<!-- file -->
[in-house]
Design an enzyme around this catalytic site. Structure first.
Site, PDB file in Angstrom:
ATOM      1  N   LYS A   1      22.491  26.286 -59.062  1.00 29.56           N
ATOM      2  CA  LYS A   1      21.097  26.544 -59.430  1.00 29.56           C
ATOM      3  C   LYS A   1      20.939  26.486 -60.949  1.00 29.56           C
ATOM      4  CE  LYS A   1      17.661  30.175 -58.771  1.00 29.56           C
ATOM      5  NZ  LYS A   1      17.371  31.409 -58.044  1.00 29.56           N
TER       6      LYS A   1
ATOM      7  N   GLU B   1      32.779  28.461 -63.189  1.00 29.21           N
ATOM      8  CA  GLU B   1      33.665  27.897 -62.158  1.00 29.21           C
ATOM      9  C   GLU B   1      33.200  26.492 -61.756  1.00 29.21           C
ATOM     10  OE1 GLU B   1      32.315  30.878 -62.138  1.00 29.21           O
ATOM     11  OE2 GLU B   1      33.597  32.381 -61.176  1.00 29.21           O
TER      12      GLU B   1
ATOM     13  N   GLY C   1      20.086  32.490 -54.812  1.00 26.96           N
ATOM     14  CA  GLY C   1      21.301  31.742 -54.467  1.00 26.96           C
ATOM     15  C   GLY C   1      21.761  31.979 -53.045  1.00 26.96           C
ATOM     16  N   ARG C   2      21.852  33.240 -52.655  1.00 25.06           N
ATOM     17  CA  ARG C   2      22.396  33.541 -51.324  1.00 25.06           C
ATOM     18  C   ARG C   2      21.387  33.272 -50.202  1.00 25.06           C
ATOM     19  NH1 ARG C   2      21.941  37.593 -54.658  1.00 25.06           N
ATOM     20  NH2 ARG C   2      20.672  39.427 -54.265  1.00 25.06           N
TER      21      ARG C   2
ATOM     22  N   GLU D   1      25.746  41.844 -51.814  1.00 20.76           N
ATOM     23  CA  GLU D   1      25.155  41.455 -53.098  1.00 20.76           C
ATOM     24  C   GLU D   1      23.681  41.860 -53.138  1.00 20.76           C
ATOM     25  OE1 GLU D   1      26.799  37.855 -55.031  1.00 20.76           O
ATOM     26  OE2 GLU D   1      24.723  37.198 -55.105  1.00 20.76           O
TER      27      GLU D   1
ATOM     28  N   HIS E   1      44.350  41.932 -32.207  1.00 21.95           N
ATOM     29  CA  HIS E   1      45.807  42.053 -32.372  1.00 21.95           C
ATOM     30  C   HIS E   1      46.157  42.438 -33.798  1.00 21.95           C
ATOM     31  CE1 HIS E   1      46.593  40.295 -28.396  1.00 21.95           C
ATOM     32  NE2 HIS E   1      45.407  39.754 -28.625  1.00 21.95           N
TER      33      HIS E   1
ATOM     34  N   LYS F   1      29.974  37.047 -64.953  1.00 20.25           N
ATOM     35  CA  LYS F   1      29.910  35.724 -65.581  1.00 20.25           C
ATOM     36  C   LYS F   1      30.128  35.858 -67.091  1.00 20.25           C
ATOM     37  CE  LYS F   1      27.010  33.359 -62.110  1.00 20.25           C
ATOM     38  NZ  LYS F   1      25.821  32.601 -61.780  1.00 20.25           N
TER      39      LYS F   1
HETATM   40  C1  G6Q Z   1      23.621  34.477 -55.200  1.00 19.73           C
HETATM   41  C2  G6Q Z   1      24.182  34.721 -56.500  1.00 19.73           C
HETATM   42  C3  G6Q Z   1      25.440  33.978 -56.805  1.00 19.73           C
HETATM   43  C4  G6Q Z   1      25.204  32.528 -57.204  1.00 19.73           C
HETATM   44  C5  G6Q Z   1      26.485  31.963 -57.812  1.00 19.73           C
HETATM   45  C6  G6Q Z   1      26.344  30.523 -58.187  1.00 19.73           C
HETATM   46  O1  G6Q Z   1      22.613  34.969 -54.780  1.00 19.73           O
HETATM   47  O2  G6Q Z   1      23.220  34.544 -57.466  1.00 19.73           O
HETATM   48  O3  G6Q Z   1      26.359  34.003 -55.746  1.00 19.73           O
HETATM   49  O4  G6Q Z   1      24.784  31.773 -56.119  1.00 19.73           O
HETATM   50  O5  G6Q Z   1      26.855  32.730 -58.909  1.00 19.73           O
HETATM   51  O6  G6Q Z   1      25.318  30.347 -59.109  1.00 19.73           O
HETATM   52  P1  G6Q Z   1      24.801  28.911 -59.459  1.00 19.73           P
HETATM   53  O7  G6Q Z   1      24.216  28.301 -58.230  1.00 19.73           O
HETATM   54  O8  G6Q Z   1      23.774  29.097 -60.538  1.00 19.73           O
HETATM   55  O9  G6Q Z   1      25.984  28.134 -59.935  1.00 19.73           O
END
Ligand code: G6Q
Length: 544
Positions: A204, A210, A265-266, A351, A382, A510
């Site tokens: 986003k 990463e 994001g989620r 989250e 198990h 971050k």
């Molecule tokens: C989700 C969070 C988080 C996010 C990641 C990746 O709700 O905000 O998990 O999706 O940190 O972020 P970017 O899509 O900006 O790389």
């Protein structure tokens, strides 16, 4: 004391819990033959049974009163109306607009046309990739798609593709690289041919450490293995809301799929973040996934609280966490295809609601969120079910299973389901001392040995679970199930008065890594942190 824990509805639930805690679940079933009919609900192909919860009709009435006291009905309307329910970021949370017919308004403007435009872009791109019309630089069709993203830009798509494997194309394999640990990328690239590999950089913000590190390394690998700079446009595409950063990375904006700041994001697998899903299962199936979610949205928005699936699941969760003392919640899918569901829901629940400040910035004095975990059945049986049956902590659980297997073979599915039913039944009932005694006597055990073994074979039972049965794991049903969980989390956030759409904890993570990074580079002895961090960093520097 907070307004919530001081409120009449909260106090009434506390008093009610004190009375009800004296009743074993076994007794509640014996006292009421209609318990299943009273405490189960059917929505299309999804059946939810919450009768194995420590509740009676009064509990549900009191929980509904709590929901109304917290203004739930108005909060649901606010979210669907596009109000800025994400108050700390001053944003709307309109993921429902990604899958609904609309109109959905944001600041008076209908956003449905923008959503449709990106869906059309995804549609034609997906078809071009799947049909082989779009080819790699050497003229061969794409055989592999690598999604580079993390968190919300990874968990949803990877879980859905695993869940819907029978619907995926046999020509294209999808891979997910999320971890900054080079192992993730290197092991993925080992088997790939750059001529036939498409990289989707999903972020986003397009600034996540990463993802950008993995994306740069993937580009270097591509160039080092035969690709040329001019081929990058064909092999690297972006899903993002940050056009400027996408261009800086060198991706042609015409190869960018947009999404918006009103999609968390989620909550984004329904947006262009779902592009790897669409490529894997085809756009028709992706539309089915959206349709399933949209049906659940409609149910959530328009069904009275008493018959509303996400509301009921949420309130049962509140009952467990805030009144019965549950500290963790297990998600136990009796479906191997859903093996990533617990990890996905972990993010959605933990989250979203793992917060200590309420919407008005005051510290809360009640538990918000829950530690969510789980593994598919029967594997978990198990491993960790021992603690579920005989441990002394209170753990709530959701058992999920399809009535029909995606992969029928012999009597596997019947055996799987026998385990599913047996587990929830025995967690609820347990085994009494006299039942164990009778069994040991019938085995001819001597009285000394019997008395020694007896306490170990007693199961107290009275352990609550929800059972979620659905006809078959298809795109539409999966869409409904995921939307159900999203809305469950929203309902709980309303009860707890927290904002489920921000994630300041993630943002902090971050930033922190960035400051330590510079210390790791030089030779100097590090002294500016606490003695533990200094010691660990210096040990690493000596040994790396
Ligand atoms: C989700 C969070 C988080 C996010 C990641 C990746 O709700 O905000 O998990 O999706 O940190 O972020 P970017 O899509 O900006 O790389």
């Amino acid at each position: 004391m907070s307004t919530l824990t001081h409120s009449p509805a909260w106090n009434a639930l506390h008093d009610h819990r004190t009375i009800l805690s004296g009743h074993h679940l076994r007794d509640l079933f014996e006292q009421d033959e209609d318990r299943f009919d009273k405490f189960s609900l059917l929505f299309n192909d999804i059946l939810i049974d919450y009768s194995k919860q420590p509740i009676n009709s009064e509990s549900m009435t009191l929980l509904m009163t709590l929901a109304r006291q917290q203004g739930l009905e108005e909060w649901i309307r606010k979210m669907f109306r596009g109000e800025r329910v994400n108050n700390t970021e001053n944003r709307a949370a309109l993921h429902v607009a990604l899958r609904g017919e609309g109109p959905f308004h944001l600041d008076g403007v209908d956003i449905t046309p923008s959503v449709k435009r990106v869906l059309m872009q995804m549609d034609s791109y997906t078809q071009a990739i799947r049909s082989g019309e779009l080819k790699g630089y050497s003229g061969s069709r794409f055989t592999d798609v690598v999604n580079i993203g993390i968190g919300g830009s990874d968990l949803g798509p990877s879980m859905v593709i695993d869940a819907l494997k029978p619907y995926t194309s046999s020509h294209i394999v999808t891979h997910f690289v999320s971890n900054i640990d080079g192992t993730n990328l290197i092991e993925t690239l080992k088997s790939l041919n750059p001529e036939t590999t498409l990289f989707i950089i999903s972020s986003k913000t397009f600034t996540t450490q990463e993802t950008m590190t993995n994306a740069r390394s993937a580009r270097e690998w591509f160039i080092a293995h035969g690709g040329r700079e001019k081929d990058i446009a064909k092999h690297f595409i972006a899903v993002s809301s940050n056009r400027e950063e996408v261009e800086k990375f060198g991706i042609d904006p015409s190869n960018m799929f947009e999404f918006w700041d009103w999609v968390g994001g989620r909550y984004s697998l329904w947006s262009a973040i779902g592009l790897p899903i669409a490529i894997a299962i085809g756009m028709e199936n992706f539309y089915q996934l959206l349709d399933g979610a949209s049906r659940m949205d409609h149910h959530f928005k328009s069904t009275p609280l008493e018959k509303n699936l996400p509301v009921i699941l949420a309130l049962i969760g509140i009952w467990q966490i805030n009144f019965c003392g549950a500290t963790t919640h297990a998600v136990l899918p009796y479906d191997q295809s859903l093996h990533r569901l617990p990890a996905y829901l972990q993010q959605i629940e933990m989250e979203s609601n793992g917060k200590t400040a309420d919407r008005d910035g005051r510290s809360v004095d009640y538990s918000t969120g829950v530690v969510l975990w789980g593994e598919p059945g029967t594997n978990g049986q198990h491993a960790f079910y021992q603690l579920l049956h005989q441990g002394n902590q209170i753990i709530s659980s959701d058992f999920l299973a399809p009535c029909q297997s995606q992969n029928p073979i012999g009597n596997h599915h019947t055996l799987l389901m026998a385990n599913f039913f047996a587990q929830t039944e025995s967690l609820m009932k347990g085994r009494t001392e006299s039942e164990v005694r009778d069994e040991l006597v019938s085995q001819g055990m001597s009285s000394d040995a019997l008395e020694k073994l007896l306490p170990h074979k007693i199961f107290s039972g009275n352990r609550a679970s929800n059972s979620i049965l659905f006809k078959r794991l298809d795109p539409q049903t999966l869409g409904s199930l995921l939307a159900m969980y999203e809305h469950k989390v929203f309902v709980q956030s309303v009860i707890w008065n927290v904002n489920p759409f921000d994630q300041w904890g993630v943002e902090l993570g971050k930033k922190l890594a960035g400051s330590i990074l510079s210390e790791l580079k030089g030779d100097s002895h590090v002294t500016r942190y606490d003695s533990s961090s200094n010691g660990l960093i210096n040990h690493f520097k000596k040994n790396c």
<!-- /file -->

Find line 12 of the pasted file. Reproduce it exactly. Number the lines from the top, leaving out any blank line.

ATOM      9  C   GLU B   1      33.200  26.492 -61.756  1.00 29.21           C